ihr seid or sie sind
As far as I understand from learning German through DuoLingo and through Rosetta Stone, ihr is informal "you" (plural) and sie (lower case "s") is also informal, plural "you". If this isn't right can someone please help me with the difference? If it is correct, how do I know when to use ihr seid or when to use sie sind? I can find a lot of answers through Google but everything I'm finding addresses Sie (which I understand is formal) and not sie. Bitte and danke!
ihr is informal you in plural, this is correct.
sie on the other hand, with small letter s, can either mean she/her or they/them, but does not mean you.
When you talk directly to a group of people, you say "Ihr seid ...", "You are ...". If you talk about a group of people not present, you say "Sie sind ...", "They are ..."
sie sind, with a lower case s in sie, is third-person plural, "they are". It would need an upper-case S to be the formal you. "Sie sind".
Granted, at the beginning of a sentence, or in a verbal conversation, it could be either they or the formal you, but the context of the conversation will help you know which one it means.
Hello Kim! As far as I understand:
You (Plural/Singular - Formal)
You (Plural - Informal)
You (Singular/Plural - Formal)
She - (Singular)
ihr/Ihr seid - You are (Informal - Plural, Formal - Plural/Singular)
Sie sind - You are (Formal - Singular)
sie sind - They are (Plural)
sie ist - She is (Singular)
I am open for corrections, this confused me before too.
Good luck! AP4418
You got it, Dessert-Rose; just a tiny detail; "Sie" (capital letter) is indeed formal, but can be either singular or plural. You can adress several persons at once in the "Sie" form, when you would at least one of them.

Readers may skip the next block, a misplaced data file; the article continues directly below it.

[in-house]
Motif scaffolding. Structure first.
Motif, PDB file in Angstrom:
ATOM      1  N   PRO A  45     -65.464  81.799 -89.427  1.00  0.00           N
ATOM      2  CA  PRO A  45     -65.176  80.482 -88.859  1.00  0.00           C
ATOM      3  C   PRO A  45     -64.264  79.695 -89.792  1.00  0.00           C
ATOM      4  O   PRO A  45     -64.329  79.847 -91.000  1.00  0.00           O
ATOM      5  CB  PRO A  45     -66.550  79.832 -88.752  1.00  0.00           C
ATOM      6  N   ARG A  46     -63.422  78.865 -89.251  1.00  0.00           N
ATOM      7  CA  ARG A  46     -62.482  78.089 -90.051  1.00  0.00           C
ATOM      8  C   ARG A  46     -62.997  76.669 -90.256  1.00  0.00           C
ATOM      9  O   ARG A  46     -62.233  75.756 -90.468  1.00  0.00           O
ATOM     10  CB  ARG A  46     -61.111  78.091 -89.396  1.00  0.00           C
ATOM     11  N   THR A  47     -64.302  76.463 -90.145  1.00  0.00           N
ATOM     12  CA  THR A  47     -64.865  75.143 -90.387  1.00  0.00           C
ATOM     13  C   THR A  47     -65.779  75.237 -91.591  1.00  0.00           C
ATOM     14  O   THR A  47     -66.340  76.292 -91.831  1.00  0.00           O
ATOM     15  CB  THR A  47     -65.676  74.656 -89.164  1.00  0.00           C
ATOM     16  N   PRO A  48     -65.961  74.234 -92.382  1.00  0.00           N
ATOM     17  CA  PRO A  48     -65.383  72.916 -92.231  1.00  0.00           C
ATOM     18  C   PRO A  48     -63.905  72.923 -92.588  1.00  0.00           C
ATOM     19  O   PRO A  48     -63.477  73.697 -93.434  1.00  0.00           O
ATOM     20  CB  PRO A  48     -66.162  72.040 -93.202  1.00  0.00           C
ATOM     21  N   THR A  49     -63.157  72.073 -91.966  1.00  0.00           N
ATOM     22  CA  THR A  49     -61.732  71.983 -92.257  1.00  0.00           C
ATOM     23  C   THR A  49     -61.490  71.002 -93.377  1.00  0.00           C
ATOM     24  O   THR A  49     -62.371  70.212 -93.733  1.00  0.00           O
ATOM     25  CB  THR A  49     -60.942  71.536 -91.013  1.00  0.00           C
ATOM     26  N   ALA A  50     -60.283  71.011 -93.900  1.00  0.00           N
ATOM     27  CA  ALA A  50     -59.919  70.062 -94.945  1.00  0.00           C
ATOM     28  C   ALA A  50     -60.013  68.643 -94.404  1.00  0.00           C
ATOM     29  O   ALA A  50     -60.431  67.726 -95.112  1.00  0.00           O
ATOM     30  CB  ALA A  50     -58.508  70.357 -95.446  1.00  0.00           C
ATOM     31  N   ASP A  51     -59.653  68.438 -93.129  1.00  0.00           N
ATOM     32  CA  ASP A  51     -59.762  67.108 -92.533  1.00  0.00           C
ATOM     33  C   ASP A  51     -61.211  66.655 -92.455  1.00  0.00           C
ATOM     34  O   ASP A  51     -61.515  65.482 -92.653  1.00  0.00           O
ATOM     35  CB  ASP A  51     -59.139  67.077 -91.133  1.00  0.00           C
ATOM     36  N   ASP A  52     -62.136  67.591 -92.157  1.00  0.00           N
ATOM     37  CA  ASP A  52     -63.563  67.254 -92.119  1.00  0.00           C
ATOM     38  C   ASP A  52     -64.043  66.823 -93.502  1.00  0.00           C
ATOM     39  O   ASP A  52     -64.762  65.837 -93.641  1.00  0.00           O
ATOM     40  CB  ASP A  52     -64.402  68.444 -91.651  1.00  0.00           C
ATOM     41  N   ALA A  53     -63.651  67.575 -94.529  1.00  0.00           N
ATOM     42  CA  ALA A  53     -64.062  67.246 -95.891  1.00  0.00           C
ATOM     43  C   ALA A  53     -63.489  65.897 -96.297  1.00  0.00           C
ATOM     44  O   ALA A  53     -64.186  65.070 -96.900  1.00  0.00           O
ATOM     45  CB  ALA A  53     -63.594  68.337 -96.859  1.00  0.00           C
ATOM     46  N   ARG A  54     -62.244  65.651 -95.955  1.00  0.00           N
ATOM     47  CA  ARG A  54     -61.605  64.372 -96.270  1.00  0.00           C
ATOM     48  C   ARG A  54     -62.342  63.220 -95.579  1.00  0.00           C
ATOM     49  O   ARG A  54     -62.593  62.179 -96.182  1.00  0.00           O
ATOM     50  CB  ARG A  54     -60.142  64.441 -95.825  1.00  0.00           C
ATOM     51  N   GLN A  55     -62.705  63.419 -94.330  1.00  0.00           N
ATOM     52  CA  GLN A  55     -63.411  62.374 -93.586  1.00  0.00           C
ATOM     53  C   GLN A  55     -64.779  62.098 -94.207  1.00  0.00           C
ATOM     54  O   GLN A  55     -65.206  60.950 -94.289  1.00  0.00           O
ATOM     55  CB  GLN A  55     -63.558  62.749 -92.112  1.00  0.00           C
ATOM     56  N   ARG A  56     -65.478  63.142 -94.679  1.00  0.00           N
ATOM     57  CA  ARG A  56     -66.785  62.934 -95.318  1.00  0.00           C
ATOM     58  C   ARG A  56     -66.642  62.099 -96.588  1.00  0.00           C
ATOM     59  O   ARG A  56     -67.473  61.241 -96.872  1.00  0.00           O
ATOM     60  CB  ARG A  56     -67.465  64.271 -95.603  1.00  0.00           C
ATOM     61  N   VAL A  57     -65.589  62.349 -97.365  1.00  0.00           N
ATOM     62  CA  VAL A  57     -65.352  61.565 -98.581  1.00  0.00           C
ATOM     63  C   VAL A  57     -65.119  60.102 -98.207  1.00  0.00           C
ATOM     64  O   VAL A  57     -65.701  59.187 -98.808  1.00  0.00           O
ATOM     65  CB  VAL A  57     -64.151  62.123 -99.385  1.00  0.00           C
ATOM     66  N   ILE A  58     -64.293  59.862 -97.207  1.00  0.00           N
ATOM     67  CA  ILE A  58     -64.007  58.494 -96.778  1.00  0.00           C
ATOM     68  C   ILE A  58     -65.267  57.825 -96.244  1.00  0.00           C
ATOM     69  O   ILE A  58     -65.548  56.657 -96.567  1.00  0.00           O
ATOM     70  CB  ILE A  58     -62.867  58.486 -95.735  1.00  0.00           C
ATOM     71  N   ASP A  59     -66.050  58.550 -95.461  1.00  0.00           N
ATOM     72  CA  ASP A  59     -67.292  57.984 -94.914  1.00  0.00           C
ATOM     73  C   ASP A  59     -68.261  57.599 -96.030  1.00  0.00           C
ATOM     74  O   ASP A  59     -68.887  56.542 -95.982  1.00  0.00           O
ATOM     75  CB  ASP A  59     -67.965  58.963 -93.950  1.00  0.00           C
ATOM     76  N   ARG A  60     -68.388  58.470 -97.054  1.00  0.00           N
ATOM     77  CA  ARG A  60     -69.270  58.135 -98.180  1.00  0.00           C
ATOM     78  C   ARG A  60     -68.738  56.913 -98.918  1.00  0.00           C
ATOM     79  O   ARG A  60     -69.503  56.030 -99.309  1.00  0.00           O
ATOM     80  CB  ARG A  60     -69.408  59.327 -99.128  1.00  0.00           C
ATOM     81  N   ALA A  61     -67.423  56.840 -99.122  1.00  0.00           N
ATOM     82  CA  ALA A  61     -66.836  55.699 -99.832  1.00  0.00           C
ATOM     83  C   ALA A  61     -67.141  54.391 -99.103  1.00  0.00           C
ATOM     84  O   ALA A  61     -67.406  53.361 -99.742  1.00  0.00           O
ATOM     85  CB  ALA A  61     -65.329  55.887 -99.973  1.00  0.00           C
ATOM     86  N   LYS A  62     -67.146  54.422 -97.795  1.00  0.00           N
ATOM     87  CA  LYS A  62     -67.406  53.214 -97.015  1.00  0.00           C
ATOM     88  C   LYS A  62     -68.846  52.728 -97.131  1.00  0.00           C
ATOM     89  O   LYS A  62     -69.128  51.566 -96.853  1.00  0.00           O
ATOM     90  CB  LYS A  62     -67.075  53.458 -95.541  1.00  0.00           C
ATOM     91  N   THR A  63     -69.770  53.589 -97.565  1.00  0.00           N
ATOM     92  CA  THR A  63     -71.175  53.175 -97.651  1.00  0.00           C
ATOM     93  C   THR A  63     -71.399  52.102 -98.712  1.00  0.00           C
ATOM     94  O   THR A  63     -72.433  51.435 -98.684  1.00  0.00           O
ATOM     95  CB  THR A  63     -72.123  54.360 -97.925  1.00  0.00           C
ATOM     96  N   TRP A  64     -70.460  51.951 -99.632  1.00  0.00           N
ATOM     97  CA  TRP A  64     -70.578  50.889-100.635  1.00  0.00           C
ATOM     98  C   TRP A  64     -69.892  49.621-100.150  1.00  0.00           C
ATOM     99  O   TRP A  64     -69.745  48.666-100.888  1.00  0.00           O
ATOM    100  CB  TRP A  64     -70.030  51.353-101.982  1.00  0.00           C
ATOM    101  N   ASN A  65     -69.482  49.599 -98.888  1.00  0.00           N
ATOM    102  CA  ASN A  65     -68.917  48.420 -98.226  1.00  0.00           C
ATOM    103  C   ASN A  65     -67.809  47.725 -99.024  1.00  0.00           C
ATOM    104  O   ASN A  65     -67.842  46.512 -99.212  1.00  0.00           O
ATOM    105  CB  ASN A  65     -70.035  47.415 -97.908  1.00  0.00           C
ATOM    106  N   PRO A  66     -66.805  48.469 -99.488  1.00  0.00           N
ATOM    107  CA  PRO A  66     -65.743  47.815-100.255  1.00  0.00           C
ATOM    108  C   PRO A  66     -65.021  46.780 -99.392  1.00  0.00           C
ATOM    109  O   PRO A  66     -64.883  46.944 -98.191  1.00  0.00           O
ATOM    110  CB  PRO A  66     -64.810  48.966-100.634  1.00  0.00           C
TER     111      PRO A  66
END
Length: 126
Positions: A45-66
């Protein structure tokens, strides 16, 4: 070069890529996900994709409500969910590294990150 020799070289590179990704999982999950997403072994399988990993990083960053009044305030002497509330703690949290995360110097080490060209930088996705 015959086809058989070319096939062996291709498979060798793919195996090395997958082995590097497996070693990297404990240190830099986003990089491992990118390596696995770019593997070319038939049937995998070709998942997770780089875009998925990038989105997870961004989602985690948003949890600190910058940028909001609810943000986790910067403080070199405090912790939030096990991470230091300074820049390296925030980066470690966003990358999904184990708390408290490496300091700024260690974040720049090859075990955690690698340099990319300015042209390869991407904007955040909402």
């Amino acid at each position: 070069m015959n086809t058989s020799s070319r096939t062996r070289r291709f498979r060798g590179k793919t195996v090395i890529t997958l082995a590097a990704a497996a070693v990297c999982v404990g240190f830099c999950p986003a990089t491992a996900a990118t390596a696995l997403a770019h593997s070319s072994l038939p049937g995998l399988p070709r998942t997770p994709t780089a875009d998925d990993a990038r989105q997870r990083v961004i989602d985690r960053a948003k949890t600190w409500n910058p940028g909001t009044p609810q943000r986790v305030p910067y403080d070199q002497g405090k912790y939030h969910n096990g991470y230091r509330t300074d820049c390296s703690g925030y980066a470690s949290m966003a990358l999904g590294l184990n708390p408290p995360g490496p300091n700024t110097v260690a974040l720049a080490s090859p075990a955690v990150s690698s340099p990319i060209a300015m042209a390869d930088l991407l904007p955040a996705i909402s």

And "Ihr" is plural informal in nominative, feminine singular third person in the dative http://germanforenglishspeakers.com/pronouns/personal-possessive-pronouns/ The capital letter occurs only at the beginning of the sentence
I'd say npLam is right. But if the "all" is implied, that's what I actually asked a bunch of times last summer (Deustche, though, der Deutscher, die Deutsche), and got only pleased looks ;)
Actually, it's easier for me, as it works the same as my native :) You'll get there, you're a hard worker, it shows :)
The "formal you" itself can never mean "they". However, all the forms of the "formal you" (for 2nd person singular and plural) are "borrowed" from the German word used for 3rd person plural ("they") which is exactly the same word (and uses exactly the same verbal endings) with the sole difference of not being capitalized (except for at the beginning of a sentence, which results in ambiguities). Historically a plural form was to chosen to address persons formally (which can be found in many languages; some choose 2nd person plural, some 3rd person).